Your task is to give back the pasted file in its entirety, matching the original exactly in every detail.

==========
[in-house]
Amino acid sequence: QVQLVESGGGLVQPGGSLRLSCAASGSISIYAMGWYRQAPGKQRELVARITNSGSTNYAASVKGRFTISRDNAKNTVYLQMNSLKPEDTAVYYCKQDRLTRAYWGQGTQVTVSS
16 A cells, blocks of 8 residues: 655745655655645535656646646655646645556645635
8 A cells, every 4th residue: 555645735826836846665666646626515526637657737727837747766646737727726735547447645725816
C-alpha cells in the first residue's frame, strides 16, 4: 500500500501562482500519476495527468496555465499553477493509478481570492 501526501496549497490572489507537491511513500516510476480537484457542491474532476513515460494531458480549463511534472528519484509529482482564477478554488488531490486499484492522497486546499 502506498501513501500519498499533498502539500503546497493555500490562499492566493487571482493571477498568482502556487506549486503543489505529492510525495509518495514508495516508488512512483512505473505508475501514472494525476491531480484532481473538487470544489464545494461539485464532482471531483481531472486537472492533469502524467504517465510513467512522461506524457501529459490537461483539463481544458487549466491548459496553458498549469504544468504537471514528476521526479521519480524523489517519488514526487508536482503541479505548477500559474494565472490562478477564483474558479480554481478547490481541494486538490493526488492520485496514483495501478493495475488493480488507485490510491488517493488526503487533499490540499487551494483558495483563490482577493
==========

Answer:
[in-house]
Amino acid sequence: QVQLVESGGGLVQPGGSLRLSCAASGSISIYAMGWYRQAPGKQRELVARITNSGSTNYAASVKGRFTISRDNAKNTVYLQMNSLKPEDTAVYYCKQDRLTRAYWGQGTQVTVSS
16 A cells, blocks of 8 residues: 655745655655645535656646646655646645556645635
8 A cells, every 4th residue: 555645735826836846665666646626515526637657737727837747766646737727726735547447645725816
C-alpha cells in the first residue's frame, strides 16, 4: 500500500501562482500519476495527468496555465499553477493509478481570492 501526501496549497490572489507537491511513500516510476480537484457542491474532476513515460494531458480549463511534472528519484509529482482564477478554488488531490486499484492522497486546499 502506498501513501500519498499533498502539500503546497493555500490562499492566493487571482493571477498568482502556487506549486503543489505529492510525495509518495514508495516508488512512483512505473505508475501514472494525476491531480484532481473538487470544489464545494461539485464532482471531483481531472486537472492533469502524467504517465510513467512522461506524457501529459490537461483539463481544458487549466491548459496553458498549469504544468504537471514528476521526479521519480524523489517519488514526487508536482503541479505548477500559474494565472490562478477564483474558479480554481478547490481541494486538490493526488492520485496514483495501478493495475488493480488507485490510491488517493488526503487533499490540499487551494483558495483563490482577493